Filed under: concerts, music history, orchestras, repertoire, women composers. Tagged as: American Symphony Orchestra, Fanny Hensel, Fanny Mendelssohn, G. F. Handel, Leon Botstein, Libby Larsen, R. Larry Todd, The Women's Philharmonic.
Works by Fanny Hensel and Libby Larsen Presented in 1990
Bringing a major historic work to light and presenting a recently-composed work — along with a well-known historical reference point in music — was all in a day’s work for The Women’s Philharmonic in 1990. This program note ((c) Robyn Bramhall and The Women’s Philharmonic)
is still a great read about the works by Fanny Hensel and Libby Larsen on the program. The description of the obstacles that Hensel faced, and that she began of overcome only near the end of her too-short life, remains vivid and compelling.
Some new details have since been discovered about Hensel’s work — this note from a 2010 performance (by the ever-adventurous Leon Botstein and the American Symphony Orchestra) explains that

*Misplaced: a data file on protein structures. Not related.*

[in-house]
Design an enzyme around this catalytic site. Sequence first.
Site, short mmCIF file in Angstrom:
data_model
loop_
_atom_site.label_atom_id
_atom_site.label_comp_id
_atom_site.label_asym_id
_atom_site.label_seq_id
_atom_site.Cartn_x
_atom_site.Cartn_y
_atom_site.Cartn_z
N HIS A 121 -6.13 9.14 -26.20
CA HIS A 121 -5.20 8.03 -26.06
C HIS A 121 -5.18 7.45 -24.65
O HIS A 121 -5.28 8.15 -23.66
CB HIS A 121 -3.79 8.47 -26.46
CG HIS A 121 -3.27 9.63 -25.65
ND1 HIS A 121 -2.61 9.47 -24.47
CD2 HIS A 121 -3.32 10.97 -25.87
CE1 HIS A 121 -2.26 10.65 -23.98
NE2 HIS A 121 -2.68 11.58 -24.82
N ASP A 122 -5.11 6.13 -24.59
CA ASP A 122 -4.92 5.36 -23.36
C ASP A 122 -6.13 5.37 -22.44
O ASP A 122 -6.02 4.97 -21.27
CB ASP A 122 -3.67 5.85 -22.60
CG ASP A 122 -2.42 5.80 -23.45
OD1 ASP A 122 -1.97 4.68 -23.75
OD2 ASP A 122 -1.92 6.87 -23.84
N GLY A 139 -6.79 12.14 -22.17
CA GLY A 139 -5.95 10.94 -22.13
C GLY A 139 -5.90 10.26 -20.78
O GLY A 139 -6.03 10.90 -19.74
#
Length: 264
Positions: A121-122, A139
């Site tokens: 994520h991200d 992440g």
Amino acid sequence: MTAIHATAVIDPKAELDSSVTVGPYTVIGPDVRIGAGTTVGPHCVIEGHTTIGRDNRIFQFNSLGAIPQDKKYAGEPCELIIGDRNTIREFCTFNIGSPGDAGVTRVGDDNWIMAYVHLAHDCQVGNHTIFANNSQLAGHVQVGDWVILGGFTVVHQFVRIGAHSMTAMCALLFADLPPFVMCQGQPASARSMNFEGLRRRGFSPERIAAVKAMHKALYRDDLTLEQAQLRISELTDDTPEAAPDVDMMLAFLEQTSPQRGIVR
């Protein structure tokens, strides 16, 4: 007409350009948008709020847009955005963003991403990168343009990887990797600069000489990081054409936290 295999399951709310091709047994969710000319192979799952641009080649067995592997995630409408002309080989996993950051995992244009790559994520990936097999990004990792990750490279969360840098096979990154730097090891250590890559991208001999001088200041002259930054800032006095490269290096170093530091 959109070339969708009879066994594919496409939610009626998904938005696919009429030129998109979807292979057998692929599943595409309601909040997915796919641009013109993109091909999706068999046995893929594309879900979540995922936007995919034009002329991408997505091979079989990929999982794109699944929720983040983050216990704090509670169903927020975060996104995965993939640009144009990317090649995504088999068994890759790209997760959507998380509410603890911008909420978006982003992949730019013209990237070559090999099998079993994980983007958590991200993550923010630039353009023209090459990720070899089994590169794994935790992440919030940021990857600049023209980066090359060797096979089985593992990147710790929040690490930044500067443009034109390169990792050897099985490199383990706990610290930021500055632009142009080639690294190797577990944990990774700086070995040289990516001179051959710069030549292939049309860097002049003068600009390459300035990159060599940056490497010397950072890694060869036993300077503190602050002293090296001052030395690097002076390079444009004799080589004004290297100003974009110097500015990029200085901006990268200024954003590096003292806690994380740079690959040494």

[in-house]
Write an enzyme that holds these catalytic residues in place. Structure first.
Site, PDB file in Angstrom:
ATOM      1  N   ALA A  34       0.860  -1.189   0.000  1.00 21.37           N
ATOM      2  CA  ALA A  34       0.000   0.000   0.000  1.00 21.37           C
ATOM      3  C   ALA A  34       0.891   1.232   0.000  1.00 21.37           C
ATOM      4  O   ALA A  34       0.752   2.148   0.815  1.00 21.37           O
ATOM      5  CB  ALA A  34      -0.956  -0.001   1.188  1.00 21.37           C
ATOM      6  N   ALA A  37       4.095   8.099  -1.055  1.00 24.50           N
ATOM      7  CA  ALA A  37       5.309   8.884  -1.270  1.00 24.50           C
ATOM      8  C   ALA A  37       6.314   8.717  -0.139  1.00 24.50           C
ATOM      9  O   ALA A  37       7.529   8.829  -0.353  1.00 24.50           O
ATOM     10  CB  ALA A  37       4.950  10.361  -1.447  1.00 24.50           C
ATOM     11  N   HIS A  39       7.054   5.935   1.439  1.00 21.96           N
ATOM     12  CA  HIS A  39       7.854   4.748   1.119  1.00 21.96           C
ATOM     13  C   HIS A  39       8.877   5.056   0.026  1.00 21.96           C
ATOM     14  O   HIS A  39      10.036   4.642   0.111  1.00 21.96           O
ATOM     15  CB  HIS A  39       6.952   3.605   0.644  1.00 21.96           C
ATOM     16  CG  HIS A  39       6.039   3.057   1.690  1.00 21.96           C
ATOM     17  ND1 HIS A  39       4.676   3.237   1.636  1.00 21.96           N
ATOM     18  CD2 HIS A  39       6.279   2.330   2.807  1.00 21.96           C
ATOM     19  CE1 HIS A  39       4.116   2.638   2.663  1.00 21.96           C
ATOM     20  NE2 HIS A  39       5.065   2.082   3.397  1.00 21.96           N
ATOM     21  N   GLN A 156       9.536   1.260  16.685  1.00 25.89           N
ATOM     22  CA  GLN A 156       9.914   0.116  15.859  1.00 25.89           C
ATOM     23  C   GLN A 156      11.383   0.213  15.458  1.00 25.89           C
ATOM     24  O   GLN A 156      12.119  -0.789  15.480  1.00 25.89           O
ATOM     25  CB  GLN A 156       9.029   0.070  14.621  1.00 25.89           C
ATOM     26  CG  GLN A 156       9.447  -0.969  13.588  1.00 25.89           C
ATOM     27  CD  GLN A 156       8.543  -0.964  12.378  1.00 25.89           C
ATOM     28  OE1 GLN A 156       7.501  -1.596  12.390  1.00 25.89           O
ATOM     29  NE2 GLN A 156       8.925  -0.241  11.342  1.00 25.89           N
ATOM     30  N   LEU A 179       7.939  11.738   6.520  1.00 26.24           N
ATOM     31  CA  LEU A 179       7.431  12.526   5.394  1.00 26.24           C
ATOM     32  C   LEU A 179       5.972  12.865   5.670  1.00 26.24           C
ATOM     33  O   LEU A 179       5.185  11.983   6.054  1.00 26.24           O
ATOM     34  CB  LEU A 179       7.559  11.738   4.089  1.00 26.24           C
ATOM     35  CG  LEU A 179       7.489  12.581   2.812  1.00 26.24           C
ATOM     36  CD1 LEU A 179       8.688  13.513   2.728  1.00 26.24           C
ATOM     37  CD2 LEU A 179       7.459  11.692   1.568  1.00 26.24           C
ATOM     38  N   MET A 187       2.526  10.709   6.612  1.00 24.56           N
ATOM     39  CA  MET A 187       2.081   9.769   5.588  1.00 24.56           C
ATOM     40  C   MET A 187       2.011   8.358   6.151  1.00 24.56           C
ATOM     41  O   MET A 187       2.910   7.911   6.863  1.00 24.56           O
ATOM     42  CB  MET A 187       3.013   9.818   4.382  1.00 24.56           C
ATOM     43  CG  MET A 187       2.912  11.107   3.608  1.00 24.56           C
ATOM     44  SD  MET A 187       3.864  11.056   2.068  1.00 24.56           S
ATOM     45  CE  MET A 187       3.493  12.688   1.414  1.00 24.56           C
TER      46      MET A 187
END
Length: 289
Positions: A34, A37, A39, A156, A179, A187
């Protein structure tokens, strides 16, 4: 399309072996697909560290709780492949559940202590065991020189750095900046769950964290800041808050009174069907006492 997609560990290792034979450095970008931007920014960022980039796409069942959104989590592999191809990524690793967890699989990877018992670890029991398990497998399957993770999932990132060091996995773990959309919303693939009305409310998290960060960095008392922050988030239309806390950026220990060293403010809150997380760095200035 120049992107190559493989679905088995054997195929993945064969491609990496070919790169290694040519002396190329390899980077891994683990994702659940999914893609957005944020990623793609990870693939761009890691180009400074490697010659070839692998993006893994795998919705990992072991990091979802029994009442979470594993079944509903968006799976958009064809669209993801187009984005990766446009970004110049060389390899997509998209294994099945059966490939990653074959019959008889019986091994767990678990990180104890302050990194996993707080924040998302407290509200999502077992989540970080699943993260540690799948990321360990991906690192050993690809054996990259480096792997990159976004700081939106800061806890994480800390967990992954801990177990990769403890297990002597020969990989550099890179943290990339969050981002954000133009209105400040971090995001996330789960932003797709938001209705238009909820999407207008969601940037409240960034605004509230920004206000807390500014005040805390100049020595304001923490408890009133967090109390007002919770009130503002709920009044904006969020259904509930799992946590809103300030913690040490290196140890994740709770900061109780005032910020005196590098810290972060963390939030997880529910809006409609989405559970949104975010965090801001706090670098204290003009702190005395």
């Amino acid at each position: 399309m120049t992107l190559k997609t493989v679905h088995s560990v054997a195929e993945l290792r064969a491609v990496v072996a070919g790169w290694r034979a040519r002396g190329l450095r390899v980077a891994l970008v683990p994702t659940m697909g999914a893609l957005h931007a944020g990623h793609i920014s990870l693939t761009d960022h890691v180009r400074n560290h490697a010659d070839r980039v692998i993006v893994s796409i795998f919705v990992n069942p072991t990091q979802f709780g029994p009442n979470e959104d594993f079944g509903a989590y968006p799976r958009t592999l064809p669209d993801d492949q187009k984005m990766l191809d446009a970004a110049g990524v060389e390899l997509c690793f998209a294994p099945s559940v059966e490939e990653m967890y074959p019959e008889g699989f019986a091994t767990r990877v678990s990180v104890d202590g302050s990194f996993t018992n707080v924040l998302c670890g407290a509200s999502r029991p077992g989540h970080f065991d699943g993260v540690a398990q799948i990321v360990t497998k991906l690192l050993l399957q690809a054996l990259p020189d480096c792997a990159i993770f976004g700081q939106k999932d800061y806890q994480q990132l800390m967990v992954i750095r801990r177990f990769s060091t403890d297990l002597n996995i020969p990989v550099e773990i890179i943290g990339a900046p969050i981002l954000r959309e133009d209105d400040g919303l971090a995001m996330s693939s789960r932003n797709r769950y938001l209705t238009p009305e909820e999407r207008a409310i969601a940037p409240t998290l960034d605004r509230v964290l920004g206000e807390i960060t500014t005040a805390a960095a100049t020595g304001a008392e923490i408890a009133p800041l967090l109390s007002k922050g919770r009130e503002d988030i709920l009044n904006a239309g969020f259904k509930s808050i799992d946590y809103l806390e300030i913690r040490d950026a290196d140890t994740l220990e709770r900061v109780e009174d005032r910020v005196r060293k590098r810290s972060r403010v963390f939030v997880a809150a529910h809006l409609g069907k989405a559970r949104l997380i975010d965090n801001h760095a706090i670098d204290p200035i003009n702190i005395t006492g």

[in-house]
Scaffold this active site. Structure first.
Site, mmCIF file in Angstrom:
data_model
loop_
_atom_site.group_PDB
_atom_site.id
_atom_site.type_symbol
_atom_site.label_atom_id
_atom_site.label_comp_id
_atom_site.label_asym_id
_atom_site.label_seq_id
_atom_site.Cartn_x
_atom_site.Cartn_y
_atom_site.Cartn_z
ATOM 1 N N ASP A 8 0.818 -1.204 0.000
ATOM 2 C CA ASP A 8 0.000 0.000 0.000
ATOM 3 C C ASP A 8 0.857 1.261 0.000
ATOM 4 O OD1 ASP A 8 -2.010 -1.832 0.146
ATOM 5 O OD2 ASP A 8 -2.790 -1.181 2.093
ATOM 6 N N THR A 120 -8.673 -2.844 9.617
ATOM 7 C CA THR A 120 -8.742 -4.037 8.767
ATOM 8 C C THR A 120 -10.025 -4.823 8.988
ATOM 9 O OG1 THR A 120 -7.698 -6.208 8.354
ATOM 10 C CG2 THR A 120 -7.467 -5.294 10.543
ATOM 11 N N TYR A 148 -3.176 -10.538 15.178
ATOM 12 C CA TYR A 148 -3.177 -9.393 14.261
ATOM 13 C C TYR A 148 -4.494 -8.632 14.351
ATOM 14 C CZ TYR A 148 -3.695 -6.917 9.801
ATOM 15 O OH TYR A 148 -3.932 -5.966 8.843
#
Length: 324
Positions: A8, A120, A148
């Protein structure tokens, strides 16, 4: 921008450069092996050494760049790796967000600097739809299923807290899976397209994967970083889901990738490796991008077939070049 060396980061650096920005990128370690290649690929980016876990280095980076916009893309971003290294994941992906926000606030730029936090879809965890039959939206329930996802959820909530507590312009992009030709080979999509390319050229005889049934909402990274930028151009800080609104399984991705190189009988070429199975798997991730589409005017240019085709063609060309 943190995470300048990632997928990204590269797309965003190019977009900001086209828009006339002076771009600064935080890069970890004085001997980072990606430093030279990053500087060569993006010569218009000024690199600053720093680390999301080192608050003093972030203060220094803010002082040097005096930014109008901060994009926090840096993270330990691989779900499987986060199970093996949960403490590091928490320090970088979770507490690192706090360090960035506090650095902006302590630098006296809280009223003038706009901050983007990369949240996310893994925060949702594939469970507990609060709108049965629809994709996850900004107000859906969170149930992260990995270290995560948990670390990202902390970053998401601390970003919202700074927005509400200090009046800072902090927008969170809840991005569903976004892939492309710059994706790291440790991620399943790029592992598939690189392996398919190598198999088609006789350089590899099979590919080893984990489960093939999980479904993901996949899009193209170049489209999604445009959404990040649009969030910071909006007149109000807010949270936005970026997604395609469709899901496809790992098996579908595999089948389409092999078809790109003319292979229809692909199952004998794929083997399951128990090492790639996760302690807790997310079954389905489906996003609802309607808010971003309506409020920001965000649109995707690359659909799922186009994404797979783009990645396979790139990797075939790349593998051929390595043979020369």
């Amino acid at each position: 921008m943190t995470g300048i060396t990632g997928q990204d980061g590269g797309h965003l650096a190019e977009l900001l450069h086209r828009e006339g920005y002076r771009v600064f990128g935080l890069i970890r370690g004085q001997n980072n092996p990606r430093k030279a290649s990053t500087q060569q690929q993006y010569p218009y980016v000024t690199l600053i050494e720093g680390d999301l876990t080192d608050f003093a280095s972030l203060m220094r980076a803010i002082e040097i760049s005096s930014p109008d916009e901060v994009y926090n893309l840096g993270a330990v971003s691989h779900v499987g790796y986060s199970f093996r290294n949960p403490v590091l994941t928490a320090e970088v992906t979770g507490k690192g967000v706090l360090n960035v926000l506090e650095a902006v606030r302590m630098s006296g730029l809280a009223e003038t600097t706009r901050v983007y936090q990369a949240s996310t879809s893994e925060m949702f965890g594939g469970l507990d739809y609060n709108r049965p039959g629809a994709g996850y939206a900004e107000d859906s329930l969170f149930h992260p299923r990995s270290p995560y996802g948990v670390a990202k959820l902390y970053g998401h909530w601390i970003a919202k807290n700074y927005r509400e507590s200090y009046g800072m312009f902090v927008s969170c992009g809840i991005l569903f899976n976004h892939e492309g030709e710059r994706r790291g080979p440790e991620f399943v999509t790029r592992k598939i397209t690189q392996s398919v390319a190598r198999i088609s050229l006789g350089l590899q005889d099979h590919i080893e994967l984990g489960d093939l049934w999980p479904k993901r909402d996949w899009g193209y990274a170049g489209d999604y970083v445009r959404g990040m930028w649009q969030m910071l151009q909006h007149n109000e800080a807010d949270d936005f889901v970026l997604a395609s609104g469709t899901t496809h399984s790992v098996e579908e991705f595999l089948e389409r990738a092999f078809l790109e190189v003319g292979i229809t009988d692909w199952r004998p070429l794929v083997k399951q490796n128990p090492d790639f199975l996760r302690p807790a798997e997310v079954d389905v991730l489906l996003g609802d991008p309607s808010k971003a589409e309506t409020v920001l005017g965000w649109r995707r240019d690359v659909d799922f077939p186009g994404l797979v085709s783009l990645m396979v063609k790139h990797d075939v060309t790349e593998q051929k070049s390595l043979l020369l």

“in 1996 orchestral parts of the cantata turned up bearing the title Cantate nach Aufhören der Cholera in Berlin, 1831 (Cantata after the Cessation of the Cholera in Berlin, 1831), and Mendelssohn’s diaries, released in 2002, refer to her Choleramusik, finally enabling us to identify and title the full score.”
So we now know the work is a Cantata, and understand Hensel’s motivation in writing it — it was in response to the great cholera pandemic of 1826–37. Prof. R. Larry Todd, author of the 2010 note, released a major biography of Hensel, one of the exciting examples of scholarship that has taken place since The Women’s Philharmonic did so much to bring her music to light in the 1980s and ’90s. Despite the rediscovery and some high-profile performances, the Cantata still does not get the exposure it deserves: there is still no high quality recording of the work available in the U.S. – there is an amatuer German recording, but it is not of the level to reveal the brilliance of Hensel’s music.
The 1990 performance also featured a recent work by Libby Larsen, “Symphony: Water Music” a piece she had written as a tribute to the 300th anniversary of G.F. Handel’s birth in 1985. The program was vital testimony to The Women’s Philharmonic mission that was often described as one of “birthing and unearthing” — bringing recent works, as well as unknown historic works to light through pathbreaking performances.